The Quarter-life crisis
This afternoon I spent twenty minutes choosing a bag of chips. Not only because my dear Sabritas are called Walkers in England — and do not include in their repertoire of flavors ‘Flamin’ Hot’ — but because of the number of flavors and textures that the brand carries. Among my options were: original, onion and cheese, salt and vinegar, BBQ sauce, sweet chili, balsamic vinaigrette, red curry, cilantro-lime, vintage cheese, onion chutney, mozzarella and herbs, and tikka masala chicken.
All these options were only from one confectionary of chips. Along the same hall, my options widened as I found more alternatives like jalapeño, ranch, sour cream, salt and pepper, dill pickles and even Sriracha. And within those flavors, my chips could be crinkle-cut, thick-cut, or square-cut; they could be fried, oven-baked, or reduced in fat, and they all came in individual packages, and family size.
Just one generation ago, many of these options were not even available to the public. Today, our coffee comes in: tall, grande, venti, skinny, soy, with chocolate, caramel, mint, and extra shots of espresso. And our jeans can be skinny, boot-cut, with a low or high rise, dark wash, light wash, vintage, torn and even with a fold around the ankles. The possibilities of choice that we have as consumers seduce us wherever we go. If we expand our vision of the decisions we make, we realize that this model of ‘more is better’ has been engrained into every aspect of our lives.
Free choice is the basis of modern markets. It is the force that pushes for innovations, the generation of ideas and the economic development of countries, however, what happens when we suffer an excess of possibilities?
The fall of communism in the 20th century motivated the idea that the expansion of choice would bring greater comfort and wellness. Yet, as the years have passed we have come to realize that an excess of possibilities has made us less happy than we originally thought.
In a recognized experiment conducted in a supermarket in California, behavioral researchers attempted to understand the basic forces that dictate how we take decisions. In it, they displayed a table of jams to taste-test. In the first experiment, they offered 24 different varieties of jam and in the second one, only six. After the test, all participants were rewarded with a coupon to purchase any jam of their choice.
The results of this experiment showed very interesting outcomes. More clients would stop to participate in the test when this included 24 jams. However, when it was time to shop, 30 per cent of clients that stopped at the table with only six jams bought a jar — this compared with only three percent in the other experiment.
This experiment has been repeated multiple times: with students, chocolates and essay topics, all of them converging to the same results. Having multiple options has a reassuring effect at first sight, but having too many choices creates discouraging anxiety when it’s time to make a decision.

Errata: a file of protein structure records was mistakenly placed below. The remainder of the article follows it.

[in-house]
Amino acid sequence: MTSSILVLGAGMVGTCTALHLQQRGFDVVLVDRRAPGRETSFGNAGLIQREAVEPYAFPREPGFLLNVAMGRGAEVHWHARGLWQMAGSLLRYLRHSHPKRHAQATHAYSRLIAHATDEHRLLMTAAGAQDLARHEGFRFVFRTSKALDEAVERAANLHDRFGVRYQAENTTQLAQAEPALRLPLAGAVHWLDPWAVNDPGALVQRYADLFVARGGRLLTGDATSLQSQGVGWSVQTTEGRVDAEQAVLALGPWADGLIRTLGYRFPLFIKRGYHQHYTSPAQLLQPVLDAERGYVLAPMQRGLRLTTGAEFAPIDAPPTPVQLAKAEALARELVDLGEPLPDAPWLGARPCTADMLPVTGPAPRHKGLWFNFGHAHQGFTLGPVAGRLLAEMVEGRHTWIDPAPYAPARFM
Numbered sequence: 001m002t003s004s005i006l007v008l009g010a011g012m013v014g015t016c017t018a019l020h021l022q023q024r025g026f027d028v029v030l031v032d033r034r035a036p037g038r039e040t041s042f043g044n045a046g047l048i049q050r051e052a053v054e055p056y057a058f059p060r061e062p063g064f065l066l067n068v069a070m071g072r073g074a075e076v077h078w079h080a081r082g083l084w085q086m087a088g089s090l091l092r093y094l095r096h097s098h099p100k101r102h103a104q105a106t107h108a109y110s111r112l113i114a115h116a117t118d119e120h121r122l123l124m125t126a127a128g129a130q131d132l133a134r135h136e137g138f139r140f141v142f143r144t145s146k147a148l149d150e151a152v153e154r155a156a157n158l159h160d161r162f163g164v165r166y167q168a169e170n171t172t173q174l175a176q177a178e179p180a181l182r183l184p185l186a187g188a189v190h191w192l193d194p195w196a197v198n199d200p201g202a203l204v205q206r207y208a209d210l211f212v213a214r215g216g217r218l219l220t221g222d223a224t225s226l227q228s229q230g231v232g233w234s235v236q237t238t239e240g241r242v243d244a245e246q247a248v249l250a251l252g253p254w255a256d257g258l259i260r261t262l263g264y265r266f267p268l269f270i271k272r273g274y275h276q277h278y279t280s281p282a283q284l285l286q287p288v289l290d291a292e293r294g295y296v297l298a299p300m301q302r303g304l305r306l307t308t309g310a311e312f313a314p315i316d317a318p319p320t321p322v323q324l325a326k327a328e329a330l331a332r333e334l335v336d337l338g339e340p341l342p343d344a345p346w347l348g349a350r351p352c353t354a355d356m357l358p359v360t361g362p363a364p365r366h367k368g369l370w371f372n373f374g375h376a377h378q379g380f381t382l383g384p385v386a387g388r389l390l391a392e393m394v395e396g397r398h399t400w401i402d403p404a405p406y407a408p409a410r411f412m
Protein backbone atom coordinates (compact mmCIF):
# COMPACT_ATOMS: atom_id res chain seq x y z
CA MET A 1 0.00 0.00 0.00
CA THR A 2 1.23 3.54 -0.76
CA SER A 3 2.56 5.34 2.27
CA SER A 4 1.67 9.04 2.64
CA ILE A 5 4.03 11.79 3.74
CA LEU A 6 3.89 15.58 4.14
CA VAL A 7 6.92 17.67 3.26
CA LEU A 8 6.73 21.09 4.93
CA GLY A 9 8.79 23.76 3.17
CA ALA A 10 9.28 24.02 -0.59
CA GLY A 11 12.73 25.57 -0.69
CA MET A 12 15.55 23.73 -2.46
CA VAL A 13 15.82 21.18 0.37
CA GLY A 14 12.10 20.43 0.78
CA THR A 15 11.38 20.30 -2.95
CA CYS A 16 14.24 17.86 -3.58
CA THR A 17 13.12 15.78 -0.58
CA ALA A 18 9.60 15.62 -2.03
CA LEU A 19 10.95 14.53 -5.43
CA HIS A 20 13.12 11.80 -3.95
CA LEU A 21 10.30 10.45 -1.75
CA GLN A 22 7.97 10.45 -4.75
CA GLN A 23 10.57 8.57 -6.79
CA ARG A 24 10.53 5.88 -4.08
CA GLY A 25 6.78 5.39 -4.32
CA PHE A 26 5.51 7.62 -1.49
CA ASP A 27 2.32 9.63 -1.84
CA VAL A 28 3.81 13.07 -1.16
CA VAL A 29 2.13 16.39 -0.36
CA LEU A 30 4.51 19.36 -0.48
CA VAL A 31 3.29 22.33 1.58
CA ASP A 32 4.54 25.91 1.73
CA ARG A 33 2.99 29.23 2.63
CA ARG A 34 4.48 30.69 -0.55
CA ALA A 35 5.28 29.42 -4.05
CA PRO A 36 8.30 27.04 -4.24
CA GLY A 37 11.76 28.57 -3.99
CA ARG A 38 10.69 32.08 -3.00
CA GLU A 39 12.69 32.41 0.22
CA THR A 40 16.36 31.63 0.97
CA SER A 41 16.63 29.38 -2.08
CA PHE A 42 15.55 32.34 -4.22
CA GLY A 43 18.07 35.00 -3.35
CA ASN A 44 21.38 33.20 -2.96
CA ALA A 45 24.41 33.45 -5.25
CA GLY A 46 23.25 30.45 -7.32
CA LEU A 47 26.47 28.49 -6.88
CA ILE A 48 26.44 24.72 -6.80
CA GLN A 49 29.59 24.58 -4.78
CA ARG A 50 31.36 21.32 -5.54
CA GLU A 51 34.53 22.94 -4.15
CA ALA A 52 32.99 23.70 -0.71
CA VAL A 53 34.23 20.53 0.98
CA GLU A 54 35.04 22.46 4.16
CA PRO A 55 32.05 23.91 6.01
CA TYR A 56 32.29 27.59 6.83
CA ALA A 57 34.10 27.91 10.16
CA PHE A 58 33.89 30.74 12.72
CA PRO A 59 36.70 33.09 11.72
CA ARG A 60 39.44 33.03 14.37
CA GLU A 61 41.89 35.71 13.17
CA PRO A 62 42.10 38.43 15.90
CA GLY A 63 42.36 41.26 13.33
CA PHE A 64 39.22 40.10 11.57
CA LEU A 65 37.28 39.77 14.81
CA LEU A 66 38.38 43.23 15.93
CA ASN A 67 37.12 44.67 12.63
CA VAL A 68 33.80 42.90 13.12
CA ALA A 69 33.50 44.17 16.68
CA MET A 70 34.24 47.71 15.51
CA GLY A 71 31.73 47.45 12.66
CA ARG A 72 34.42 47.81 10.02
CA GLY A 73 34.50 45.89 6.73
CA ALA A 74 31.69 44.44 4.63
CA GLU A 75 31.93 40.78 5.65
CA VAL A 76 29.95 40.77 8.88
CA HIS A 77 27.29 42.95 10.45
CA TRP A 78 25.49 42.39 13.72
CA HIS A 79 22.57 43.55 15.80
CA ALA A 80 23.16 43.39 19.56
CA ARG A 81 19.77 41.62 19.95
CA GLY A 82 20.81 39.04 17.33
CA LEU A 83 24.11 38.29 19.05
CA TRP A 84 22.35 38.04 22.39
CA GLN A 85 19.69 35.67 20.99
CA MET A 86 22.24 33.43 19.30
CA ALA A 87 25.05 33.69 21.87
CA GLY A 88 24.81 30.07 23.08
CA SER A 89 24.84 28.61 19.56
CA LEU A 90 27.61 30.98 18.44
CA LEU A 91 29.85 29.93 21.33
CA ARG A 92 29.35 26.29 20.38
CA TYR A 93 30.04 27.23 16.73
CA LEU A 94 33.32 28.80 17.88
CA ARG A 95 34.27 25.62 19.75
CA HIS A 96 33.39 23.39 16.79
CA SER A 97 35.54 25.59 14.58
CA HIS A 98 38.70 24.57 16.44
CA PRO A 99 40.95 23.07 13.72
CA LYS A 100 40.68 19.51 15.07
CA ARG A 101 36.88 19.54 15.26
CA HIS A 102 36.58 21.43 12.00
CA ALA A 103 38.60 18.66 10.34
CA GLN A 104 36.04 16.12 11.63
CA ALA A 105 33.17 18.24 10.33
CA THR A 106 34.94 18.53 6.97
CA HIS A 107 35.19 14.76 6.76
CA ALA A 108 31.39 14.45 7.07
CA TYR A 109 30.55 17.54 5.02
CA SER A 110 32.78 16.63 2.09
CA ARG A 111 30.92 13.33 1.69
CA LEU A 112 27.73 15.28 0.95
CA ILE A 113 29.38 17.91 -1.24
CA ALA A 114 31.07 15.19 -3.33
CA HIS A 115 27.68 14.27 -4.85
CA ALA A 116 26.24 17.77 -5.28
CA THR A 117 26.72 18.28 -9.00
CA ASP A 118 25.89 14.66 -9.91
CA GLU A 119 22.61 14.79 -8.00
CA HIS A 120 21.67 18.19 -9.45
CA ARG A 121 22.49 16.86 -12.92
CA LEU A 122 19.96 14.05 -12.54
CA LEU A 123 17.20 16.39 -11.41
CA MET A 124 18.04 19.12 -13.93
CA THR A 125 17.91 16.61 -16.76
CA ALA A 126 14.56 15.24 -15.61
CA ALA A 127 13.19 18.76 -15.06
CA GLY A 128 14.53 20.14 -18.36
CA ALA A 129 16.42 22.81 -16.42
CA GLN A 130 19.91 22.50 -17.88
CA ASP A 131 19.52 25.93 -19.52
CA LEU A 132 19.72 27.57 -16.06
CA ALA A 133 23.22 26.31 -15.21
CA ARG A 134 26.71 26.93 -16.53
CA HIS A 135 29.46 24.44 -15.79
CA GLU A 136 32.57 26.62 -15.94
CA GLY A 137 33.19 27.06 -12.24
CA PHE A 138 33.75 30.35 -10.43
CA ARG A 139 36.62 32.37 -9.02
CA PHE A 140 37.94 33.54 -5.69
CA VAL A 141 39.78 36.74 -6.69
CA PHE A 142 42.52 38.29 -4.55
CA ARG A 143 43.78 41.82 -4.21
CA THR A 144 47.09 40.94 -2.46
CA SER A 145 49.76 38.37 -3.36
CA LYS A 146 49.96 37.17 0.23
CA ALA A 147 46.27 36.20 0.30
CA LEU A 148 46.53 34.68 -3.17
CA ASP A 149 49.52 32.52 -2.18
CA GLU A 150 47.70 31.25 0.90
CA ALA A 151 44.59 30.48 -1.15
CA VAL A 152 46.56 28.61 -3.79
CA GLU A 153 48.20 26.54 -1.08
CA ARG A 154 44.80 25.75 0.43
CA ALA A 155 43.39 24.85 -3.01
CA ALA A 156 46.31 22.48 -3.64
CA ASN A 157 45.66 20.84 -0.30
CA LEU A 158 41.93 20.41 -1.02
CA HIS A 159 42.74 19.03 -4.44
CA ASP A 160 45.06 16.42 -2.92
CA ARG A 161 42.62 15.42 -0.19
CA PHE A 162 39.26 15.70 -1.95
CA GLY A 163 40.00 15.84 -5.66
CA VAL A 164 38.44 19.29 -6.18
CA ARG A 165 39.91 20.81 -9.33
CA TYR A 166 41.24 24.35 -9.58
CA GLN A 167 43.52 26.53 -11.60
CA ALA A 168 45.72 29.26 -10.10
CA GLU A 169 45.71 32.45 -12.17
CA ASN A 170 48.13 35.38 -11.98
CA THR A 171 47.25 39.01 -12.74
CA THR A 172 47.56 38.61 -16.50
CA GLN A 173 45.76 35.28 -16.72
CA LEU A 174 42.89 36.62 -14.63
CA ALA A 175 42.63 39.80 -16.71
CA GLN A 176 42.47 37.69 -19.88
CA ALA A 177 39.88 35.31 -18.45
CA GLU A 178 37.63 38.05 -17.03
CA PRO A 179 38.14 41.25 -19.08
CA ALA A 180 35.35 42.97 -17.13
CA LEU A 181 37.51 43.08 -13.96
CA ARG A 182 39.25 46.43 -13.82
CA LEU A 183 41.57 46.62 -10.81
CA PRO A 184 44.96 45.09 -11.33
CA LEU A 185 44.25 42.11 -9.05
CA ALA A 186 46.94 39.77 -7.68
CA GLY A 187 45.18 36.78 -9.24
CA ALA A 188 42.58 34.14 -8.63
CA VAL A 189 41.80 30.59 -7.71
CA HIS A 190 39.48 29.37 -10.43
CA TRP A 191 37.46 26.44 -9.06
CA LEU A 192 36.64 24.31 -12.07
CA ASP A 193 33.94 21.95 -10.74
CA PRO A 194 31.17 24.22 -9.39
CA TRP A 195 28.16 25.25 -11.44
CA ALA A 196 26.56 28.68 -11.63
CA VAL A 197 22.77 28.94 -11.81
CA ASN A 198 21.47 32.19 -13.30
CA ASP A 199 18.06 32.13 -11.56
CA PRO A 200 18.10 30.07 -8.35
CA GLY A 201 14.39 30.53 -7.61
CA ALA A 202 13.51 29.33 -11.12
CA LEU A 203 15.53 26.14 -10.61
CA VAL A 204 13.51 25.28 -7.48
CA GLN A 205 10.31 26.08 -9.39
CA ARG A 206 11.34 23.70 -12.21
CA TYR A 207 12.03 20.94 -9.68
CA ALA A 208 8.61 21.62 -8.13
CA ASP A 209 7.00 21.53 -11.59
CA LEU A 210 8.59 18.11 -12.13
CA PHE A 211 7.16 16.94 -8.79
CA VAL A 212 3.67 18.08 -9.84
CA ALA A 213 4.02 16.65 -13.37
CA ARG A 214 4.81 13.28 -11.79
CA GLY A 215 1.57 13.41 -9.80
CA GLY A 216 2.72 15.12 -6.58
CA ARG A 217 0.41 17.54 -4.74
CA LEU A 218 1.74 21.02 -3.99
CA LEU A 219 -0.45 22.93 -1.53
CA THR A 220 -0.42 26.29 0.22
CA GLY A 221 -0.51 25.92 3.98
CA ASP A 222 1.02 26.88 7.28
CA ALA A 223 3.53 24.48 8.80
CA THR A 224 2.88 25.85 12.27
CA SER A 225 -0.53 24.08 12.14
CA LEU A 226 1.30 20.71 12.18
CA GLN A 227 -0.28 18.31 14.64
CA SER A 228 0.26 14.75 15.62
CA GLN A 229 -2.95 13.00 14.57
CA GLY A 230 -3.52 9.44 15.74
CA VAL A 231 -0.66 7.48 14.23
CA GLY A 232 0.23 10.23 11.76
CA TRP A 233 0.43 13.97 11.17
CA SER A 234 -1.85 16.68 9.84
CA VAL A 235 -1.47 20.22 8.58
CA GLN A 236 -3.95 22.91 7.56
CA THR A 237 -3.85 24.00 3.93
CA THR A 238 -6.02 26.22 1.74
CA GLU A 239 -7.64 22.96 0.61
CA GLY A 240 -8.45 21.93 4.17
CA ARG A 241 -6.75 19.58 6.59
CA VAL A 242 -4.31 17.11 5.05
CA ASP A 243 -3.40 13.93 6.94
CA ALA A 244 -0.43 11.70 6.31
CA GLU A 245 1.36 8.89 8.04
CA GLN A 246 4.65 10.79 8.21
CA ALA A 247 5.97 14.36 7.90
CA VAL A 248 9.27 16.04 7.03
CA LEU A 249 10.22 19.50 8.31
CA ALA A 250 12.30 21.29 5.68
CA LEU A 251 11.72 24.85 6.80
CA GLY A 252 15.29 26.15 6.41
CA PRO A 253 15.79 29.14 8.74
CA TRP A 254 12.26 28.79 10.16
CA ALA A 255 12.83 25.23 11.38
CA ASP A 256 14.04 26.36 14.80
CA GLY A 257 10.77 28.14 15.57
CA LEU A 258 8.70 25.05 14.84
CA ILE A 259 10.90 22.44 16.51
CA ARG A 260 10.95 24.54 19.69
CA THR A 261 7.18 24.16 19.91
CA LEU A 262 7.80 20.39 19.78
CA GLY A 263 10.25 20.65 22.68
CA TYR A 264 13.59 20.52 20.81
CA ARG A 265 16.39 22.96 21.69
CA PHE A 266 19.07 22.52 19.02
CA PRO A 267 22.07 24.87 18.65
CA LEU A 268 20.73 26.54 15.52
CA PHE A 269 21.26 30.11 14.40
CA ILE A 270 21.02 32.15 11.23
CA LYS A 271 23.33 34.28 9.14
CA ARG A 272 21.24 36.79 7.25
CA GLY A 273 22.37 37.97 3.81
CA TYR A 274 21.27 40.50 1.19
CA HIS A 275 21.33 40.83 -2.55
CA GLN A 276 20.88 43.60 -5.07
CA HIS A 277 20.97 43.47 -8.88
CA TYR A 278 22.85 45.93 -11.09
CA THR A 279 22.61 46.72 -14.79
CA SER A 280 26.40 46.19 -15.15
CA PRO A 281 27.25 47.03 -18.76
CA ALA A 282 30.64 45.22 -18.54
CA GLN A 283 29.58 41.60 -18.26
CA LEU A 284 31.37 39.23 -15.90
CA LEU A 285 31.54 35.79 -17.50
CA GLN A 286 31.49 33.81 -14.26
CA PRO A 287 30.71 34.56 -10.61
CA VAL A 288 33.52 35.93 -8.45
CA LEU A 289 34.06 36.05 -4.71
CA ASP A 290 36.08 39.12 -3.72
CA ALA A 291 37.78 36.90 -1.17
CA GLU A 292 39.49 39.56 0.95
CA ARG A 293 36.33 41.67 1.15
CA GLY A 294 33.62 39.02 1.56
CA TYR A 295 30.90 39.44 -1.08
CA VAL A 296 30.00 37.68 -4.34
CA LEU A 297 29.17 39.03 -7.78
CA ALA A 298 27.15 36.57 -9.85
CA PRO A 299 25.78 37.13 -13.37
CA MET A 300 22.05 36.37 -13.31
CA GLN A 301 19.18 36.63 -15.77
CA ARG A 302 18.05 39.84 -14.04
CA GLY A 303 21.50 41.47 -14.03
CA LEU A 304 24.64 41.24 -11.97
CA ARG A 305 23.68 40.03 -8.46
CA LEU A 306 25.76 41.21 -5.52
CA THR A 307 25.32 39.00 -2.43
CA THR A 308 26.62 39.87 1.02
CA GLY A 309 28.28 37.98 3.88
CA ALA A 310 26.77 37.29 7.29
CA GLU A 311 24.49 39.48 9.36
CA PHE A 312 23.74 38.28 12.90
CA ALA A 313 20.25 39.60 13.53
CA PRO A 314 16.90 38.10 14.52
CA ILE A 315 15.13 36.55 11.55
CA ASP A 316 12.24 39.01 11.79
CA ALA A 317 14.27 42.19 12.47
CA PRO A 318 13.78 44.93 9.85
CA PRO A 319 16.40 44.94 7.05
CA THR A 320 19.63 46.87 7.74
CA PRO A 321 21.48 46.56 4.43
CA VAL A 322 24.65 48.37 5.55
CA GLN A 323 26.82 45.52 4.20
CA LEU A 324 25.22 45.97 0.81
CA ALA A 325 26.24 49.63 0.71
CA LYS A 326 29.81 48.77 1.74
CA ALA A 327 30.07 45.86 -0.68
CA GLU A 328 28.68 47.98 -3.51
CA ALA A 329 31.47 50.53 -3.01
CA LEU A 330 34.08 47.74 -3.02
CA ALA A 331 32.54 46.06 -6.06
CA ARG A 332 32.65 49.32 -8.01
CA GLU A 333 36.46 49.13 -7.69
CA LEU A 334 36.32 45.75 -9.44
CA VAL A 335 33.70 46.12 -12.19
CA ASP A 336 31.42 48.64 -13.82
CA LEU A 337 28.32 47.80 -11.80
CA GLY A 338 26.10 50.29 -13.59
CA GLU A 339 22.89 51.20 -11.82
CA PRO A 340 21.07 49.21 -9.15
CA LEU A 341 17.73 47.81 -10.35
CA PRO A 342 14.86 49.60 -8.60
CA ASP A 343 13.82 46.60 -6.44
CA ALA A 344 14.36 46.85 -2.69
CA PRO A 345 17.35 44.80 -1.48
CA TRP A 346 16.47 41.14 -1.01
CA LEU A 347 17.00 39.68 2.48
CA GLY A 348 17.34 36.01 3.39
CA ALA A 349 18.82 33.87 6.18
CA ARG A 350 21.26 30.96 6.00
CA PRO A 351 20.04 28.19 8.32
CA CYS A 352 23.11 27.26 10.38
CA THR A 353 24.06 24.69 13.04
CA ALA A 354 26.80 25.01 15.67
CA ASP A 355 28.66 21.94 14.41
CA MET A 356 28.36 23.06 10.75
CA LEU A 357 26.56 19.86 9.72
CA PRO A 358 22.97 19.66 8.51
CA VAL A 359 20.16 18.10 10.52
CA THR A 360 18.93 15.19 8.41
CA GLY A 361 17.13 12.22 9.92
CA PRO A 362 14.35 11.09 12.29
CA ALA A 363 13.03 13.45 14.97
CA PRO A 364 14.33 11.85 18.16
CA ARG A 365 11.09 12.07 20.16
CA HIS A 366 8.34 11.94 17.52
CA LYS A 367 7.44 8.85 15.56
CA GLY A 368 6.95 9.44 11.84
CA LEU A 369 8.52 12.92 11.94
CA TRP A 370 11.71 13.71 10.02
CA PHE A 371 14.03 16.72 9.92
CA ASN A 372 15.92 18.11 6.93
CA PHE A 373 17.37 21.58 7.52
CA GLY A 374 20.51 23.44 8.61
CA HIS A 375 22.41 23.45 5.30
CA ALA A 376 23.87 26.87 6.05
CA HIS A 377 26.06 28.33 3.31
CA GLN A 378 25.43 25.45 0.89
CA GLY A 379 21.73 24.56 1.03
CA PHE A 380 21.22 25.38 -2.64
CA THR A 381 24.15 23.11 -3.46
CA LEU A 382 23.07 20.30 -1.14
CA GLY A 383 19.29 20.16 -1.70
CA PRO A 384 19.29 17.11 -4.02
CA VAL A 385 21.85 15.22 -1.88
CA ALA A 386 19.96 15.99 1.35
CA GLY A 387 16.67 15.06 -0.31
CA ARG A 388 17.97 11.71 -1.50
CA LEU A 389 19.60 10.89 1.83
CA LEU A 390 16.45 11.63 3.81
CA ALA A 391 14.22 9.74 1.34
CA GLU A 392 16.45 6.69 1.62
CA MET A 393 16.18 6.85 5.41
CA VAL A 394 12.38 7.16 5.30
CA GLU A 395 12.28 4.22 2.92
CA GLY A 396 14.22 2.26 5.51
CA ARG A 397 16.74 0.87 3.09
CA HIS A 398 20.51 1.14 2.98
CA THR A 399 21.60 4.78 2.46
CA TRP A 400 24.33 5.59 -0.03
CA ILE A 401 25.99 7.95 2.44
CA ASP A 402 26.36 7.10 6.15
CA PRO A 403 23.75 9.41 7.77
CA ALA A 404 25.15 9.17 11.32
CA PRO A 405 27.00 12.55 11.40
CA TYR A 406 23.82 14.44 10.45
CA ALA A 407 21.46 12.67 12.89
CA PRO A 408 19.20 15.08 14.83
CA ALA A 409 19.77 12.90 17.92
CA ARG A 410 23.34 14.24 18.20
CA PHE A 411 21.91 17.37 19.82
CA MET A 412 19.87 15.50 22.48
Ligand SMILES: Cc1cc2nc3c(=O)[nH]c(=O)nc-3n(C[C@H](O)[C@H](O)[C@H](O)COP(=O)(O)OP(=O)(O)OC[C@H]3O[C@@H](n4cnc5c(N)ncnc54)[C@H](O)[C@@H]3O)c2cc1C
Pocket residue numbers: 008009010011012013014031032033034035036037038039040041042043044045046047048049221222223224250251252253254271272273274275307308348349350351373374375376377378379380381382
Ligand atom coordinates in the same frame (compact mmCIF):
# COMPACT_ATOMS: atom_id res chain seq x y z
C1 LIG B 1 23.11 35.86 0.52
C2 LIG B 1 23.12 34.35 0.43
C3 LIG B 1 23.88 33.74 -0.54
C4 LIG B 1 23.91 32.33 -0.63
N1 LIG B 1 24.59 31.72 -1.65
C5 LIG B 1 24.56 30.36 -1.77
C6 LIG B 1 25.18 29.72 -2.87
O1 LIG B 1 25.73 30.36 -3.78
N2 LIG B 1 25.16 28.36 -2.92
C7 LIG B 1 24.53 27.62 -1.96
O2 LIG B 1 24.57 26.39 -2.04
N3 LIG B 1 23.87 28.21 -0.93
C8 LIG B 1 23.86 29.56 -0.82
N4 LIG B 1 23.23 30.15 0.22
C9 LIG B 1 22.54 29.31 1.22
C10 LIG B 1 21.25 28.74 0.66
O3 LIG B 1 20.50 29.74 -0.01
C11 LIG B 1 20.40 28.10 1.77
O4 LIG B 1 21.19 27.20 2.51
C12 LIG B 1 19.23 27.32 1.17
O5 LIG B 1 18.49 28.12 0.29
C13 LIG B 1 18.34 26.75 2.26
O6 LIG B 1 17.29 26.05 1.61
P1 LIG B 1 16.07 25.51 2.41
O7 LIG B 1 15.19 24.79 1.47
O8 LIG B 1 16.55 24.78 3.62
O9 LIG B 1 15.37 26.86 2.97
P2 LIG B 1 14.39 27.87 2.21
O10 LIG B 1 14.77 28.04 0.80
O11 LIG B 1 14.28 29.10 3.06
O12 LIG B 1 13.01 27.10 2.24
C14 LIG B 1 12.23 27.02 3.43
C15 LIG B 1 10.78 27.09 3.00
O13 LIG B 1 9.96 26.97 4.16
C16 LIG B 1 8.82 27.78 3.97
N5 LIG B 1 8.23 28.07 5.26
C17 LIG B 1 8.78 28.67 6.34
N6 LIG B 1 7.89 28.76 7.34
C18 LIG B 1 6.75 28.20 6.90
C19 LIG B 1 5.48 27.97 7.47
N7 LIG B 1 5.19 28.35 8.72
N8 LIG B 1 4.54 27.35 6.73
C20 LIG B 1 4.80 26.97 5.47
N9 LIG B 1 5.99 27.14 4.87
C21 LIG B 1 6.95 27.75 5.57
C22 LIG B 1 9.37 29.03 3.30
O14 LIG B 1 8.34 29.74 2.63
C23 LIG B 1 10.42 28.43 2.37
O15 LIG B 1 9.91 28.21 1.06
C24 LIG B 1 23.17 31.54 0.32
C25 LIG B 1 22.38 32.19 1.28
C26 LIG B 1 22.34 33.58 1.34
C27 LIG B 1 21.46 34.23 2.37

As a 21 year-old — with half a university degree, a master’s dissertation topic that still needs to occur and a knowledge of economics that includes “everything and nothing” at the same time, I think my quarter-life crisis is part of a feeling of a generation that grew up in a world with infinite choices and consequences.
Living under the slogan of ‘you can be whoever you want to be’ sounds motivational as a promise to our individual potential. The problem emerges when we ask ourselves, “well, but, who do I want to be?”
We find that having too many options is problematic because at every moment we play with the risk of having a misconstrued perception of the situation, of not understanding all the alternatives and our own tastes, and eventually regretting our own choice.
A study done by the University of Bristol in 2010 found that 47 percent of responders think that modern life is more confusing than ten years ago and 42 percent report frequently lying awake at night trying to solve dilemmas.
We have grown with a lot more power of choice than our parents and grandparents. Choices about where to live, where to work, when to marry and when to have children, were not as widespread as today. The millennial anxiety, as Philosopher Renata Salecl argues, stems from worrying about taking the wrong decision in a world where the expectations of whom we could be have been inflated to the point of believing there is such a thing as our ‘ideal self;’ that our life choices don’t intrinsically involve an opportunity cost and that we have a complete control over the secondary results of our actions.
The reality is that it may not matter so much what we choose to do with our lives. By nature the future is uncertain and making choices means accepting this implicit risk. It means accepting that we might have to take steps without knowing the next one.
In this sense, I think our well-being — in a context where our possibilities only grow exponentially, doesn’t depend so much on the object of our choice, but rather in our ability to make one and stick to it. It remains in adhering to the consequences of our actions and accepting the unpredictability of life.
And just in case you were wondering, after 20 minutes and much deliberation, I ended choosing the BBQ flavored chips. They tasted like Knorr Swiss, but oh well, I had already bought them.